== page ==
Growing a better basket!
Our baskets are

absolutely beautiful!!!

Now available Grass Fed Galloway beef (Whole or Half), Galloway Livestock, Free Range Eggs, Maple Syrup (Sold Out) and Pumpkins in fall

Call us at (231) 920-1098 or stop by to order

Our Farm - Past, Present and Future

Today and Tomorrow:

Some of our 2017 cattle

Galloway beef - best hamburger in the world
The farm is a functioning farm even though there continues to be much to do to maximize what it can produce organically. Our family is actively working to restore the farm. The major projects completed since 2014 included:

In 2017 the Greenhouse produced some of the finest baskets and bedding plants in northern Michigan. In fact one of our customers is the wife of the manager at a big box store that sells baskets.We expect 2018 to be even better!

Grace asleep with a newborn calf
that had to be bottle fed.

The small egg is first egg! (fairy egg)

We expect 2018 to be another busy year. We have cleanup the fields so we can produce our own hay. To accomplish that we had to remove years of random growth pine trees and add lime back to the soil. The cows, horses and chickens have all contributed enormous amounts of organic fertilizer. It has been spread in the hay fields already this spring. Brenda has decided she needs a garden shed and good fences for her garden. The fences are needed because a couple of calves have decided that her vegetables taste better than hay. This fall we expect to have 10 head of beef ready for sale. The steers and Heifers will be 18 month old, having been mother raised and grass fed throughout their life. Less may be available because of prior sales as livestock.

We consider ourselves stewards of this land. We are so blessed to have the ideal land for our type of farming. From this land, we are able to produce organically grown eggs, apples (fed to cattle), chickens, syrup and cattle. This land is unique. It has wonderful pasture land, abundant water, organic-rich materials for flower basket production and dry-weather pasture. We anticipate that, even though it will require an enormous effort, the best flowers, eggs, apples, poultry, syrup and beef will be produced for the community. Come visit us this year or call us for other than flowers and enjoy the bounty that the farm produces.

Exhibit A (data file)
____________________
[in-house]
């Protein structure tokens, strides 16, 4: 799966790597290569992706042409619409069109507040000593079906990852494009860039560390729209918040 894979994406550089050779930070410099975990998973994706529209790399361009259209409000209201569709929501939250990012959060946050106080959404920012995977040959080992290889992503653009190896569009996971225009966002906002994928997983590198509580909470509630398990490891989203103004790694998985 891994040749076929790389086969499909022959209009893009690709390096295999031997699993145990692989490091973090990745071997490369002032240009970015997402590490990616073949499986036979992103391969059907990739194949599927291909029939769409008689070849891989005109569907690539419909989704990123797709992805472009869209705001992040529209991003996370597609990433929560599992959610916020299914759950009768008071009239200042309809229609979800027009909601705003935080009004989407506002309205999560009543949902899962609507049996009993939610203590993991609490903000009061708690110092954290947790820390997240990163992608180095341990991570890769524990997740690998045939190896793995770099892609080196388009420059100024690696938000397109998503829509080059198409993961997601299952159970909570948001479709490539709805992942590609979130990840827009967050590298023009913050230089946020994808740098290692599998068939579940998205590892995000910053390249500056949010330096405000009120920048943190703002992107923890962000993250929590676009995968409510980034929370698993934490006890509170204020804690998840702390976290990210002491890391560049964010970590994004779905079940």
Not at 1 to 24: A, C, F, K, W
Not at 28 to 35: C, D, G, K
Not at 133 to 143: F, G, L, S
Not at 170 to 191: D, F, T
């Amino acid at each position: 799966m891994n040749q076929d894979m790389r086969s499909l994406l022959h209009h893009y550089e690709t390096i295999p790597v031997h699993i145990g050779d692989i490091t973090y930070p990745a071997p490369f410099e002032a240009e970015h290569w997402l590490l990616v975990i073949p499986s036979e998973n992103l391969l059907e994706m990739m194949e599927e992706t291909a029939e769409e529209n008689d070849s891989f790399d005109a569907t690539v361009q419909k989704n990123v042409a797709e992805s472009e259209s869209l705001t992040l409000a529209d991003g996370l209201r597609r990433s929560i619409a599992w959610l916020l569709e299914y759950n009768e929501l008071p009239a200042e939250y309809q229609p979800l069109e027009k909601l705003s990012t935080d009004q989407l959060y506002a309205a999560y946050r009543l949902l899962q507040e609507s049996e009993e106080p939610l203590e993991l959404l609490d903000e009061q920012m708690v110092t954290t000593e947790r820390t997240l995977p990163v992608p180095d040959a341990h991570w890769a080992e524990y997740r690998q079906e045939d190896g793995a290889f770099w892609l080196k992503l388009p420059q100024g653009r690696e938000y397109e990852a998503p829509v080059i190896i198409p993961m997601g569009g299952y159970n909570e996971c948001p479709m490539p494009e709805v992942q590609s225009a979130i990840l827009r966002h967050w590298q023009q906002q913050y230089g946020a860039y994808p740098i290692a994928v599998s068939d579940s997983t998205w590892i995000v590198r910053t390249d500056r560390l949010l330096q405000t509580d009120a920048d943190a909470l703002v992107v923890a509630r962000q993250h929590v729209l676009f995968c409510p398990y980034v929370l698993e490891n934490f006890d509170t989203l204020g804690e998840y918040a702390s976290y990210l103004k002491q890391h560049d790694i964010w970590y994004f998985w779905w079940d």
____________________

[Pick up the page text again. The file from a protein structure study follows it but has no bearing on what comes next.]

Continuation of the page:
History of the Farm and Community:

This farm was established over 100 years ago by the Peter Olaf Siglin. The original farm house was located where the orchard stands today. In 1937 farm was passed from Peter to his son Nels, who expanded the farm to over 200 acres. The current orchard was established by Nels Siglin (shown in photo).

Many of the trees shown in the background of the photo are still standing today. The orchard contains a rich variety of heritage apples. The apples range from red delicious to hard to find winter storage apples. Winter storage apples are hard and basically unusable when picked in the fall; but when stored in a cellar, become usable in about January. These apples have amazing storage qualities. The orchard used to extend almost 1/4 of a mile along 46 Road. Many of the trees to the west have died off from being in a cold valley.

The farm was well-situated in the community since 33 Road and 46 Road were the crossroads for most of the travel from Cadillac to Hoxeyville and Cadillac to Grand Rapids. The area grew and was soon called Benson Corners - named after Swan Benson, provider of land for the schoolhouse and owner of the general store. In fact, there were two stores located in the community, both owned by Benson Family members. The community and the farm continued to prosper for many years. A post office was soon added to the 46 Road store, and Swan Benson was named the first Postmaster. If you travel down 46 Road west from the orchard, you will see a red house on the right side - this was the Benson's home. The store was on the property at the edge of the road 30 yards to the west.

After Nels passed in 1977 and the farm transferred on to his son Rex, who ran the farm for many years. The farm continued to raise crops, chickens, cattle and apples and was highly regarded for the fine work horses that were utilized. There was an old-style barn to the west of the house that housed the animals. Rex is noted for being a warm-hearted man who served as township constable and firefighter for many years. He always had a soda to enjoy with a visitor. As Rex's health declined, he was less able to maintain the farm. He sold off parcels, other than the home place, as a way to reduce the workload. In 2006, he retired from farming and auctioned off his animals and equipment but still wanted to keep the original property together. One day while talking with Rex, the subject came up of us taking over the remaining farm. Brenda loved the idea as a way to get back into the greenhouse world. So here we are.

Copyright 2018